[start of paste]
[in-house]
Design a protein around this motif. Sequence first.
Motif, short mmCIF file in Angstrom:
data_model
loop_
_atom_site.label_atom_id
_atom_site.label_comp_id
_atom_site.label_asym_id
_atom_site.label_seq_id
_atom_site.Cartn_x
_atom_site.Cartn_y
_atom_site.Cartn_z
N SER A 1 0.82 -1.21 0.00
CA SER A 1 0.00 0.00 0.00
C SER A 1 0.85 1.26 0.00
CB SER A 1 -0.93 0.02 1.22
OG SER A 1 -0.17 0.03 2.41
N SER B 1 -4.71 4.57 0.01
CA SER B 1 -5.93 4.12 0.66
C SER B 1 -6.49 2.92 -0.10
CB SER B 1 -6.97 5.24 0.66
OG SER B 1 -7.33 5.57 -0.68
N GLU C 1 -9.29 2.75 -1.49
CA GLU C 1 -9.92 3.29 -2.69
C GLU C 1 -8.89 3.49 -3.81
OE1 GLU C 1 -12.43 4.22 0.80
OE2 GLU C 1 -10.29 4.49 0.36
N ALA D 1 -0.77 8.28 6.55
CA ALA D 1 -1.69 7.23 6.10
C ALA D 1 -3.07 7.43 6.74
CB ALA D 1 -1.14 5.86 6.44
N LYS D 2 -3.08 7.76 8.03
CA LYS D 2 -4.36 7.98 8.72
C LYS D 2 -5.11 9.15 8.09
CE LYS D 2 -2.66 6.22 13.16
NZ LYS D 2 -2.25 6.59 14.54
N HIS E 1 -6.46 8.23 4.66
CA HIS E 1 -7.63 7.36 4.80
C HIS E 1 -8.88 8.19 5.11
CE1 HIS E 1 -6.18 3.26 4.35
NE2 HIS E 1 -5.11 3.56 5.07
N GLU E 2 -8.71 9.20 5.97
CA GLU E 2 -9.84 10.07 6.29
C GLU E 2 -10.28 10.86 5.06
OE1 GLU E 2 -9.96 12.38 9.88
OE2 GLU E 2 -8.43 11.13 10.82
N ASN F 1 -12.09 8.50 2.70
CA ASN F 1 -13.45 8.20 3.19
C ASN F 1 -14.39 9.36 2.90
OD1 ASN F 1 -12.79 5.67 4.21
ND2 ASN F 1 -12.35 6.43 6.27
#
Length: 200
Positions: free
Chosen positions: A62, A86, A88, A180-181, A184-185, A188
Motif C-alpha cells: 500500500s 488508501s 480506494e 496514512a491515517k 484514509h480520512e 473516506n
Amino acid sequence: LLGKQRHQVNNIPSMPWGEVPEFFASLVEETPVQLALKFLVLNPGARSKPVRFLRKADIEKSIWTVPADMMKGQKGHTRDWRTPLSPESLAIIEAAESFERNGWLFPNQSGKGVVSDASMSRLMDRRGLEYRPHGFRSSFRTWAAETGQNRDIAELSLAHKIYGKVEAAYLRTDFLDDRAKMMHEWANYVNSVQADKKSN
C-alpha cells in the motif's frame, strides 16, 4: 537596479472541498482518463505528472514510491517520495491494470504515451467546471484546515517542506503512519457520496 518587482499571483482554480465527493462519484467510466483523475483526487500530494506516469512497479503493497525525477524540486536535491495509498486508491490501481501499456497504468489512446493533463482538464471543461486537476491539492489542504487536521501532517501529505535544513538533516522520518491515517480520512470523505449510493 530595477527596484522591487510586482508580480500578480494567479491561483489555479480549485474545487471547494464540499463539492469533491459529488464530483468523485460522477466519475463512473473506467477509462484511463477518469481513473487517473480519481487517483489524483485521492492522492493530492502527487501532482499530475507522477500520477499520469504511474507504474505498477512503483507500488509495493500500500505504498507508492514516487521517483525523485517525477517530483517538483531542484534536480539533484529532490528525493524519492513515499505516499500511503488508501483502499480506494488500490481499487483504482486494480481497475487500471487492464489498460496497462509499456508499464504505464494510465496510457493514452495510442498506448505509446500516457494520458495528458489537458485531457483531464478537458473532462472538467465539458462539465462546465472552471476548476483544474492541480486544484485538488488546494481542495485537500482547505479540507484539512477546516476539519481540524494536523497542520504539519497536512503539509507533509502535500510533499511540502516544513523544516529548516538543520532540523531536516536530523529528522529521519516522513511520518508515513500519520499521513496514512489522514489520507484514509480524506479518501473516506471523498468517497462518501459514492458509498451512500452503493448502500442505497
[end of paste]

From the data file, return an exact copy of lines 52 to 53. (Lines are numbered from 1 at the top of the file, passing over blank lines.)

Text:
#
Length: 200